In summer, the days are long and the angle of the sun's rays is steep. In winter, the days are shorter. There is often bad weather with little sun and sometimes the PV modules are covered with snow. In winter, it can happen that no electricity is produced at all for weeks. This means that in summer PV systems produce about 75 % of the annual energy and in winter only 25 % of the electricity.
This makes it clear that a correctly dimensioned storage tank is almost always filled in summer and often produces surplus, but this is rarely the case in winter. If the storage is generously dimensioned and results in almost 100 % self-sufficiency in summer, it may be that in winter the storage is "too big" and can no longer be filled on average.
The salt battery has the unique feature that you can "turn it off". You simply send it into hibernation. In many places, it makes ecological sense to switch off part of a large battery, e.g. in November to February/March. This is because maintaining the unused battery unnecessarily consumes additional energy. In spring, the battery is woken up again and ramps up again within a day without damage and is fully ready for use. No other battery technology has this capability. This means that the storage capacity can be adjusted seasonally.
No. The salidomo© salt battery storage systems from innovenergy are daily storage units and not long-term storage units.
innovenergy's salt battery storage systems are eligible for subsidies. In Germany, they are on the KfW and BAFA subsidy lists. In Switzerland, there is no general subsidy. Here, you have to look for the corresponding subsidy programmes at the cantonal or municipal level.
Depending on the vehicle size and type, electric cars have a battery capacity of approx. 30 kWh to 100 kWh. The salidomo© has a battery capacity of 9 kWh or 18 kWh. A house (light, cooking, washing machine etc.) consumes after sunset until the next morning approximately the amount of storage capacity that a salidomo© has – just 9 kWh or 18 kWh – depending on the size of the house and the number of household participants and consumers.
It is a simple calculation that there is usually too little storage left for an electric car. Now the larger the electric car battery as well as the daily mileage and the smaller the house battery in relation to the electric car battery, the less favourable this ratio becomes. A 9 kWh storage battery can still only deliver a maximum of 9 kWh to an electric car with 30 kWh storage. Only then is there nothing left for the household.
From an energy perspective, charging the electric car via the house battery makes little sense, because about 30 % of the energy is lost during the charging and discharging process. And that applies to all low-voltage battery storage systems. This has something to do with the efficiency of the inverters and the storage battery. Because of these losses, it is always more economical to charge the electric car via the grid or directly via the PV system during the day in summer. It makes more sense to feed in the extra electricity at home during the day and charge the vehicle at work.
Generally, a house battery is intended for domestic use and not for charging electric vehicles.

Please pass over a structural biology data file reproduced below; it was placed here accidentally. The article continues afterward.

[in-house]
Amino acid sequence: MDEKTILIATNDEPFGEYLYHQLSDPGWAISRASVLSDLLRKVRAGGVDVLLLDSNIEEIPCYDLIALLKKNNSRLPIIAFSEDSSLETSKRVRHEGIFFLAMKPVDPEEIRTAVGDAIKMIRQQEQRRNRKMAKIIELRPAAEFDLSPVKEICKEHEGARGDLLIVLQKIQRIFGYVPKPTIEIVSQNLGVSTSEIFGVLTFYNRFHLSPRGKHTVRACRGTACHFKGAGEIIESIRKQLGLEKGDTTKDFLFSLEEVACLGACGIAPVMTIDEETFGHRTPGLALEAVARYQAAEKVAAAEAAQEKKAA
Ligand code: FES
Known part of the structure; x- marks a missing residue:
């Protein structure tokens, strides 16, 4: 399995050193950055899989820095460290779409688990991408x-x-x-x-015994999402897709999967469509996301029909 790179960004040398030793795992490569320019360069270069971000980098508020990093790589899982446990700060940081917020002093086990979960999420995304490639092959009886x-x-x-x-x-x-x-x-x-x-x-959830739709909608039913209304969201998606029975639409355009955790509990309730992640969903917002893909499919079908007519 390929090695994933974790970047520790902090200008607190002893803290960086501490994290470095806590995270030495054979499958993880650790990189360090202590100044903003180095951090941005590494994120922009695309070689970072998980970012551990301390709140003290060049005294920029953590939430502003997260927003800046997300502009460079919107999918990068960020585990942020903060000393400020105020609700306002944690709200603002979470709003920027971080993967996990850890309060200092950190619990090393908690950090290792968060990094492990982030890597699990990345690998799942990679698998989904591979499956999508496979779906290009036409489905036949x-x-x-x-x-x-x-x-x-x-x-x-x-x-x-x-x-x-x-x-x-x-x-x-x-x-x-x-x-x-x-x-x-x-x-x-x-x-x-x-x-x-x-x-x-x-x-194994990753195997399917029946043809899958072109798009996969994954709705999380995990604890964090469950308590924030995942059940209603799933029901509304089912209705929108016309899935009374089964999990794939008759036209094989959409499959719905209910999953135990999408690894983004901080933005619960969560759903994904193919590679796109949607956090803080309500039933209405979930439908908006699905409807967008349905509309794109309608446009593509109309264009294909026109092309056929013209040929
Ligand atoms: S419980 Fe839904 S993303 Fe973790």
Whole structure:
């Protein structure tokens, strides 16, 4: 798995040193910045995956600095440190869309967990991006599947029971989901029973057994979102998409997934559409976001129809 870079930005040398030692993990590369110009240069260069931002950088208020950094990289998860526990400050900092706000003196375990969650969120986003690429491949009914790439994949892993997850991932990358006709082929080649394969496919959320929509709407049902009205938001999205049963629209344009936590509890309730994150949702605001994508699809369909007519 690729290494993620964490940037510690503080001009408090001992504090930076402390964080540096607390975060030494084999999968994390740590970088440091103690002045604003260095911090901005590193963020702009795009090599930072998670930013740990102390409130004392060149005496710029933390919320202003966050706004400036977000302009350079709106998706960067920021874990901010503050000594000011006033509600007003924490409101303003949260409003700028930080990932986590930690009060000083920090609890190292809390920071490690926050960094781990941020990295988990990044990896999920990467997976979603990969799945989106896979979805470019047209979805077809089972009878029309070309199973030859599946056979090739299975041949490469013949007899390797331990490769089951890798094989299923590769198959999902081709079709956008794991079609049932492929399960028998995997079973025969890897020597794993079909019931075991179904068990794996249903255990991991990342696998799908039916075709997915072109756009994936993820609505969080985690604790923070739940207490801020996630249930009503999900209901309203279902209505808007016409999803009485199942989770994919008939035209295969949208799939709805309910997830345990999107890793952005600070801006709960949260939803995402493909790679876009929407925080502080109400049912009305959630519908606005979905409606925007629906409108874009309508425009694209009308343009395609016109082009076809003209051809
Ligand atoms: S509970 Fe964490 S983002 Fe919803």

innovenergy's salt batteries are NOT saltWATER batteries, but salt MELT batteries on the base of sodium-nickel. You can find a more detailed explanation of this on our website under Salt Technology. In our battery comparison, you can take a look at the advantages and disadvantages of different battery technologies.
Salt battery storage systems have been around since the 1990s and have since been used successfully on a large scale in industry, especially in telecommunications in containers. You can find out more about the history of the salt battery under Salt Technology. The salt battery storage systems from innovenergy have been used as "small" systems for domestic or commercial use since 2016. Just take a look at our references.
innovenergy is the only provider of salt battery storage systems with the integration of battery storage on the salt-nickel technology. There are no other suppliers with this technology and there will not be in the future due to contracts and patents.
In order to prepare an offer, the size of the photovoltaic system in kWp is required first and foremost. Furthermore, it would be helpful to know data about the night consumption and the consumers in the household. It would also be important to know which heating system (e.g. heating rod or heat pump) is used for heating and whether an electric vehicle is operated. Otherwise, we need your contact details, including email and telephone for any queries, so that we can prepare a binding offer.
The molten salt battery (sodium nickel chloride cell) was originally invented in South Africa and developed by Anglo-American and AEG into an electric car battery for Daimler. The project name for this cell was ZEBRA (Zero Emission Battery Research Activities). This same ZEBRA cell is used in today's saline batteries by the company FZSoNick and distributed by innovenergy. For more on the history of the molten salt battery, see Salt Technology.
The mass of a single cell within a salt battery is 35 x 35 x 235 mm and has 95 Wh and a cell open-circuit voltage of 2.57 VA. A 9 kWh salt battery, as used in the salidomo 9, therefore consists of 100 small cells – 5 blocks of 20 cells each.